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Hungerhill School Hungerhill
School

Computer Science

Computer Science gives you an excellent opportunity to investigate how computers work, how they're used, and to develop computer programming and problem-solving skills.

Mrs M Renney Joint Curriculum Leader

Mrs M Renney
Joint Curriculum Leader

Mr D Short Joint Curriculum Leader

Mr D Short
Joint Curriculum Leader

KS4

GCSE ​Computer Science

Exam Board:

OCR

Qualification:

GCSE Computing

Assessment:

Computer systems (written examination, 40%)

Computational thinking (written examination, 40%)

Programming project (controlled assessment, 20%)

Outline of course content:

This is a course that has real relevance in our modern world. It will give you an in-depth understanding of how computer technology works, and a look at what goes on behind the scenes. You will investigate computer programming, and develop critical thinking, analysis, and problem-solving skills.

Outline of course structure:

  • You will develop understanding of current and emerging technologies.
  • You will acquire and apply knowledge, technical skills, and understanding of algorithms and programming.
  • You will develop independence and become discerning users of ICT.

Careers using Computer Science

IT is used in almost every work place you can think of; offices, schools, call centres, factories, warehouses, hospitals, the Armed Forces. The list is endless!

 

Skills and how the subject relates to work:

To work in the area of IT, you’ll need to be a good problem solver. IT work is usually about sorting out things which have gone wrong, working out how something can be done more effectively, or planning how a task is to be carried out.
 
IT work often involves being part of a team, so team work skills are important. Communications skills are also essential. You may be dealing with lots of people in an organisation who are not IT specialists, and it’s important you can explain things clearly to them and understand the help they need.

Potential jobs:

Development jobs:  The IT industry is always looking to improve aspects such as hardware, software, and operating systems; everything about it really. Consider how phones, tablets, and laptops have changed in the last five years. If you’ve got the right skills this would be a great job for you.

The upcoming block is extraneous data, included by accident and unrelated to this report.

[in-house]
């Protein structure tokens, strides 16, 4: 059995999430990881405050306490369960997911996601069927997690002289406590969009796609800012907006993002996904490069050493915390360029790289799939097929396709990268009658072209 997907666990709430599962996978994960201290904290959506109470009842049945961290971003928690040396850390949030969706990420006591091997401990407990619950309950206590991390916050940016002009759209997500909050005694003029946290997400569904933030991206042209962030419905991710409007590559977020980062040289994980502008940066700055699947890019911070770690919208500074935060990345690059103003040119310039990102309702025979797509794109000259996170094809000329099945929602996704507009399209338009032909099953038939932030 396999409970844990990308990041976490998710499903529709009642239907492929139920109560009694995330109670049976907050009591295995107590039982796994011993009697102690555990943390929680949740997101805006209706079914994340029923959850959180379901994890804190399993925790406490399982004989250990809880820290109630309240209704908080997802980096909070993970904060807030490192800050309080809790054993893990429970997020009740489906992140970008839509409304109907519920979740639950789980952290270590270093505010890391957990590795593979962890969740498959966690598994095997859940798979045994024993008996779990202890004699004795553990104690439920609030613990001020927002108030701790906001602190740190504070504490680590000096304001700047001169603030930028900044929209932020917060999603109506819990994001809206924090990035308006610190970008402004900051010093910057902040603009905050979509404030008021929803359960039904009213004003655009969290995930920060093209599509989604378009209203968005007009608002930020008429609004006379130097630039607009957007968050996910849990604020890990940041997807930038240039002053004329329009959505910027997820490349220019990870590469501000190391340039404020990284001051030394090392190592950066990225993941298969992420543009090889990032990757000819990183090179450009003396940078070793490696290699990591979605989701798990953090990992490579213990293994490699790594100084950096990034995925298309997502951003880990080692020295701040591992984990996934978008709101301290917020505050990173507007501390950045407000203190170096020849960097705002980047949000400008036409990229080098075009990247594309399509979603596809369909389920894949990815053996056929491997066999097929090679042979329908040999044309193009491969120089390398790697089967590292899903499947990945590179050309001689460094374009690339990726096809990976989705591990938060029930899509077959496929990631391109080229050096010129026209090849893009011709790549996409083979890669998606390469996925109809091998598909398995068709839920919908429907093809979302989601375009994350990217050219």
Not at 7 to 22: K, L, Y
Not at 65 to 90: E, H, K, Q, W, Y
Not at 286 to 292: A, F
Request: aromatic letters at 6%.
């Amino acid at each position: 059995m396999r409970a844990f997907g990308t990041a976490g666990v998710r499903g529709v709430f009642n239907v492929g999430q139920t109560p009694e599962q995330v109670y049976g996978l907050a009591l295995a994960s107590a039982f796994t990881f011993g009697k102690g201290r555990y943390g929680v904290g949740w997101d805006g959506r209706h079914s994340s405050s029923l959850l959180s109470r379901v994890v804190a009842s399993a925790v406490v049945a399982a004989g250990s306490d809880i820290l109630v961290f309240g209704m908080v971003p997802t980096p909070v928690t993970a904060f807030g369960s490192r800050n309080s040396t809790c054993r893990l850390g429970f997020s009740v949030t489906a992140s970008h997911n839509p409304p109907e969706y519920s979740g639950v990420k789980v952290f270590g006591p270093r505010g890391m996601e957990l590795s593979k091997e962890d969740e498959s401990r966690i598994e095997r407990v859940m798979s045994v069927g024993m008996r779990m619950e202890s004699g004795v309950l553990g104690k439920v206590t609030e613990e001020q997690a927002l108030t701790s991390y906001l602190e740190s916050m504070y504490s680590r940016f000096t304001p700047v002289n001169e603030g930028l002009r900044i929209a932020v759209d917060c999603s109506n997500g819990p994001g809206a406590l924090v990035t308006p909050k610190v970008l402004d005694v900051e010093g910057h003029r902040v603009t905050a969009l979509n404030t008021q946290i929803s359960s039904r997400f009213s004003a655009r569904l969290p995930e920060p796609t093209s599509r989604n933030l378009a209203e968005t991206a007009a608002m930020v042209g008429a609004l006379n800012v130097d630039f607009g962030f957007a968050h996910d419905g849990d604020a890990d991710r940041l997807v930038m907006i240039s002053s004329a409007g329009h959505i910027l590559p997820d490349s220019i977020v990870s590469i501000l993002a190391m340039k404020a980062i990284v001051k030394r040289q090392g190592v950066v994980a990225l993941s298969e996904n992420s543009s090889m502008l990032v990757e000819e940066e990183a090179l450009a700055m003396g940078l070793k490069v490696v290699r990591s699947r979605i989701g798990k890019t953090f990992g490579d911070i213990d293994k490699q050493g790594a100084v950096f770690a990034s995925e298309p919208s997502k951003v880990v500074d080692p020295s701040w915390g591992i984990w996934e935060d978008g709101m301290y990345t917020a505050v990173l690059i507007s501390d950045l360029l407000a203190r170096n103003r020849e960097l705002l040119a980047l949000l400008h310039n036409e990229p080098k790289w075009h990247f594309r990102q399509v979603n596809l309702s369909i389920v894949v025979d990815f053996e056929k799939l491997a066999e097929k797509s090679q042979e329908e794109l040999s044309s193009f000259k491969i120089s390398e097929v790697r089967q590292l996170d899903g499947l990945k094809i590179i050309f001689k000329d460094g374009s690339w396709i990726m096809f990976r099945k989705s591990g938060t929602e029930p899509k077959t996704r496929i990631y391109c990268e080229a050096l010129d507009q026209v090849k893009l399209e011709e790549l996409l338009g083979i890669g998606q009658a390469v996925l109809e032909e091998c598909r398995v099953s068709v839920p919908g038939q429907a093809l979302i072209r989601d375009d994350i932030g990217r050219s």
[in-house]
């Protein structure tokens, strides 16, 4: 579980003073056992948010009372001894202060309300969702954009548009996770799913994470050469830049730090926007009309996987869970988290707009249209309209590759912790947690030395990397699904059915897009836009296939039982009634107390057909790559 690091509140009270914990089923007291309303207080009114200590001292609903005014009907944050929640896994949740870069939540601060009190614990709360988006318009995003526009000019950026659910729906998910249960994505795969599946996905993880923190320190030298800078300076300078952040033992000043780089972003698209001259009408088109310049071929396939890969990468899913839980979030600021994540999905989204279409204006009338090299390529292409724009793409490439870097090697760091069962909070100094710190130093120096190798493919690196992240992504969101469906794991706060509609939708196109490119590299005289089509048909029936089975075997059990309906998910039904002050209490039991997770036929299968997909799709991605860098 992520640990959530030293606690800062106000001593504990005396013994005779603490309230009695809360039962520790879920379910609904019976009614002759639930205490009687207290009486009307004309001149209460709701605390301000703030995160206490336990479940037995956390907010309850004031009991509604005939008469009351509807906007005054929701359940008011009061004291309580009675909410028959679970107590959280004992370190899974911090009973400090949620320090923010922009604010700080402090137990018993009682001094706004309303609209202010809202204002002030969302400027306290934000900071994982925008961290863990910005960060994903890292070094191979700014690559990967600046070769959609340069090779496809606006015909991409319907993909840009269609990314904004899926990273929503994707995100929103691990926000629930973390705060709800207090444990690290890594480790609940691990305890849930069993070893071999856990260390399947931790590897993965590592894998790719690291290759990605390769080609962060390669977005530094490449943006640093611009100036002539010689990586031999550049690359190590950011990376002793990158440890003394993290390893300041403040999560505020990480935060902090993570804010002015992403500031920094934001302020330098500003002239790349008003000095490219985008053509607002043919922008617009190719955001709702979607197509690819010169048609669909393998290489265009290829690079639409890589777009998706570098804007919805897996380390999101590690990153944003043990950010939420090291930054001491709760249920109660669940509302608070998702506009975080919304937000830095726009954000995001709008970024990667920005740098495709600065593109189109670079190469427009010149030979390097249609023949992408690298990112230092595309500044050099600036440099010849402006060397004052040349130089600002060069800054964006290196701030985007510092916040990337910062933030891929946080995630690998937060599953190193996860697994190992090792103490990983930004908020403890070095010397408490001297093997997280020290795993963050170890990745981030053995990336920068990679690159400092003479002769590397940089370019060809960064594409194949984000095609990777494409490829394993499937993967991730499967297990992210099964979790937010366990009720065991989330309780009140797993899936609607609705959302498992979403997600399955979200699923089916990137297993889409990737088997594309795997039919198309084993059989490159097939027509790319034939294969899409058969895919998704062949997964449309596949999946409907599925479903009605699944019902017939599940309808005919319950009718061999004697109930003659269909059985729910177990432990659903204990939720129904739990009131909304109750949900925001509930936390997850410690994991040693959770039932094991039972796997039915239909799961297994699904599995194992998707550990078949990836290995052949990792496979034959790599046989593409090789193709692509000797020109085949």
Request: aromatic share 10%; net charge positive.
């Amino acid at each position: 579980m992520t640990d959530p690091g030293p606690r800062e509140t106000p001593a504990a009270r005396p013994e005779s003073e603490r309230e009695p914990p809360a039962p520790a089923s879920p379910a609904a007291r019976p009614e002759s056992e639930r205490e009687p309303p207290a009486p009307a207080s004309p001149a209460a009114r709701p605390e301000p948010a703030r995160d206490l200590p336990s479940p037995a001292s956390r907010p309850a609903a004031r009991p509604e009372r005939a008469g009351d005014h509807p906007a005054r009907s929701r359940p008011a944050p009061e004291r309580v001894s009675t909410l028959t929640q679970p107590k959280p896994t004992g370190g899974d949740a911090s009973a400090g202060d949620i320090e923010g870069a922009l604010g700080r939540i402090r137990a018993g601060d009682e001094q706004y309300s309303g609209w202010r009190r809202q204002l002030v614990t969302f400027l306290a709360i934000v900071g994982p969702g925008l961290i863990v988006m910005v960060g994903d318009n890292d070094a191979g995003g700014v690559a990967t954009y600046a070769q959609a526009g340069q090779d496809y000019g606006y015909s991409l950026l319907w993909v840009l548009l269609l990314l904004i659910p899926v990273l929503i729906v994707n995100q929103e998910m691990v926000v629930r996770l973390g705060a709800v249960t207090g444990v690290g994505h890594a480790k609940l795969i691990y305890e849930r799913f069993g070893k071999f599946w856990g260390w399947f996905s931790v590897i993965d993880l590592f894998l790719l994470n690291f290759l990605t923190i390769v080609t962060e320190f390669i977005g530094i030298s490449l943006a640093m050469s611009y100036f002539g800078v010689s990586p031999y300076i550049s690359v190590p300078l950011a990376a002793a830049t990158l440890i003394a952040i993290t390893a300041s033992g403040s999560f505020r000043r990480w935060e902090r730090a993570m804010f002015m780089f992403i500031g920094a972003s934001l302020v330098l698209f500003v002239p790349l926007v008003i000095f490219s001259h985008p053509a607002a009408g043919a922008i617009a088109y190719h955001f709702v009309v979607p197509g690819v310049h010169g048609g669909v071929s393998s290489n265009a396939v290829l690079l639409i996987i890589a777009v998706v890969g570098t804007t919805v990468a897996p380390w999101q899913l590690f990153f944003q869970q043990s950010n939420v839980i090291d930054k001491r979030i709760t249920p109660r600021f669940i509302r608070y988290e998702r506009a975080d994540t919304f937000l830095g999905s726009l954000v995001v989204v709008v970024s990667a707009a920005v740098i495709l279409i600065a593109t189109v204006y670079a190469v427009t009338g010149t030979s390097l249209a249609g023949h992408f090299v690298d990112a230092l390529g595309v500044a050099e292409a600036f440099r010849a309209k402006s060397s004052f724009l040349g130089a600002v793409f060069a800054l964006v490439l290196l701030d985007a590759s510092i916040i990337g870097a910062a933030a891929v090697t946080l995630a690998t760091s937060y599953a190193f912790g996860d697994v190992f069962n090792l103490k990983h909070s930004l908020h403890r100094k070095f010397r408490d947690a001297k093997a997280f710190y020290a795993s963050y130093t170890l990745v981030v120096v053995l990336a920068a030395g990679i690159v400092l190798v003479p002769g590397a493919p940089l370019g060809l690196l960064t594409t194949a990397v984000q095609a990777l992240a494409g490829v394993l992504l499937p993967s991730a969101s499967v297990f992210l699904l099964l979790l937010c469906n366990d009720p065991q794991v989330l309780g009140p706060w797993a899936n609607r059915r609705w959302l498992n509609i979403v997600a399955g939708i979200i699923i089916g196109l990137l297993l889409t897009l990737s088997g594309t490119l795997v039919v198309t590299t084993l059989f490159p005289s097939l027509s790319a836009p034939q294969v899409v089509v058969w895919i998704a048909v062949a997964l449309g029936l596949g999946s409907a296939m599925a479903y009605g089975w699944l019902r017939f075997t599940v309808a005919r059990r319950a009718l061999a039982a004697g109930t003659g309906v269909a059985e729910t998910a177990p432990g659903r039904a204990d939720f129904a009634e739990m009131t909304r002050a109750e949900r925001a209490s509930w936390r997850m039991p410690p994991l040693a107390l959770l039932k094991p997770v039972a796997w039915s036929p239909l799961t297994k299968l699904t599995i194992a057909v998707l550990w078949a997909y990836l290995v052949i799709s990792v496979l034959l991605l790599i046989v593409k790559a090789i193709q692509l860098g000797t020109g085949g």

IT managers: Think about huge organisations such as the NHS, the Armed Forces, Government departments, Local Government, Universities; they all need to make sure they have up to date systems, systems which may need to be upgraded, systems which are virus free, and all managed within a set cost. Is this interesting to you?
 
‘Tech’ support: Think about any organisation; who makes sure the staff have an IT system they’re able to use? Who helps the staff if things go wrong? Answer: ‘Tech’ support. Some companies employ people on-site to do this, and others use specialist companies (often overseas and it’s all done by phone or ‘remote access’). All the big UK media companies (Virgin, Sky, Plusnet) have call centre support for people using their products.
 
Websites, multi-media, and interactive systems: What about websites and the internet? Designing, developing, adding graphics, and moving images all require people with IT skills. Most companies now have social media (Facebook and Twitter); who keeps these up to date? Many design and marketing agencies employ people with IT skills to develop websites, produce adverts, and so on.
 
Print media: IT skills are needed in the magazine and newspaper world. How about setting out the pages of a magazine, or promotional material?
 
Games, animation, and ‘special effects’: Have you seen the film ‘Gravity’ (set in space)? No-one actually went into space to film it; the main actors didn’t leave the USA but all the images were created in London and the actors superimposed on to them. The people doing this have excellent creative skills but are also IT experts.